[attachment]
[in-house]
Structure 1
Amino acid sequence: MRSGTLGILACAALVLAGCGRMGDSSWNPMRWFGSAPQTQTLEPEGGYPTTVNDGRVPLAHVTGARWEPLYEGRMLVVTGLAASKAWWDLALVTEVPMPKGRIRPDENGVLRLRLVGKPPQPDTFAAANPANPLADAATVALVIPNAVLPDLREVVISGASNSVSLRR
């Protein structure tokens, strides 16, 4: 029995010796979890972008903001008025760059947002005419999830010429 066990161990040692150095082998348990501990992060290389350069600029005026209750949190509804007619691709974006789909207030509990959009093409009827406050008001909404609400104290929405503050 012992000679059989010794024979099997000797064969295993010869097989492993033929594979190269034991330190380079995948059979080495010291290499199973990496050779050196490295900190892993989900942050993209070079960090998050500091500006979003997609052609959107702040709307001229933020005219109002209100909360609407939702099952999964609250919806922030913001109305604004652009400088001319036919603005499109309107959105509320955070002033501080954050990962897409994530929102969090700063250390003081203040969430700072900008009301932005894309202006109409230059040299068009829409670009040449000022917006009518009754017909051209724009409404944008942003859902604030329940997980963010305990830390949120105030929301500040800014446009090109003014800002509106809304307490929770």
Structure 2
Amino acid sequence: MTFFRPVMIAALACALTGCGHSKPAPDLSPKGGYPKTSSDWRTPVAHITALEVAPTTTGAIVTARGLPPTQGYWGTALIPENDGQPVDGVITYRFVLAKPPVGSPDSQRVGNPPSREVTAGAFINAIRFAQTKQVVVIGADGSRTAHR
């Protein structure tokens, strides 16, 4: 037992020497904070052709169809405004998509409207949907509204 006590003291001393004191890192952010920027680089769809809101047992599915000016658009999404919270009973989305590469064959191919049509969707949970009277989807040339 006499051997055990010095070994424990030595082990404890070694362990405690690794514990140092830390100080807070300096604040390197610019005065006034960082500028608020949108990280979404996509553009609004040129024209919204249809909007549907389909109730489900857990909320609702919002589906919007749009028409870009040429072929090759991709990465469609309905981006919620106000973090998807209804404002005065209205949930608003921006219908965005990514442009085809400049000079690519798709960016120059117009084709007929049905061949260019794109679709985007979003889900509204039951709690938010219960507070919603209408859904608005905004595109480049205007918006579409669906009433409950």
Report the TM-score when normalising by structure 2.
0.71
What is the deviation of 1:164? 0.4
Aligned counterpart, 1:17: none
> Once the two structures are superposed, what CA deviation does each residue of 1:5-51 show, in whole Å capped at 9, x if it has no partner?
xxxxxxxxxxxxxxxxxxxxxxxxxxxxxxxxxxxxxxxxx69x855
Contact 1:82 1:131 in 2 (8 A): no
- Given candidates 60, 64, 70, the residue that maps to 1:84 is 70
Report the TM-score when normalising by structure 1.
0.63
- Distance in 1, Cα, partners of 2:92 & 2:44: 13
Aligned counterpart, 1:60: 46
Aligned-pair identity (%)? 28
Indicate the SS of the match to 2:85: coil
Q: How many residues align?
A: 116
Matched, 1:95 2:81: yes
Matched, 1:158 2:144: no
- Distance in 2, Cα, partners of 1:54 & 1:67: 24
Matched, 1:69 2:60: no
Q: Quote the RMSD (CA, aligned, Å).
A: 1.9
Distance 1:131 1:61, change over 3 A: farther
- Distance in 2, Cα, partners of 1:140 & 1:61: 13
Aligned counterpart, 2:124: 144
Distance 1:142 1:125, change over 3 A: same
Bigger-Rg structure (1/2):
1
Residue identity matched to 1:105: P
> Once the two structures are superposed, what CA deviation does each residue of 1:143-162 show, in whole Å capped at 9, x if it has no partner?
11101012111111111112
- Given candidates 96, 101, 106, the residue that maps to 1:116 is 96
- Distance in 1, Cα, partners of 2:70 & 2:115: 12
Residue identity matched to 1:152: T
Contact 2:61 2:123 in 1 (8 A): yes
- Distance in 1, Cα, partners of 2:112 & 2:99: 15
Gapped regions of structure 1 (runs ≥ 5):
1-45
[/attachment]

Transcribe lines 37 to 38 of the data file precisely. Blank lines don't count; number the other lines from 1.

> Once the two structures are superposed, what CA deviation does each residue of 1:143-162 show, in whole Å capped at 9, x if it has no partner?
11101012111111111112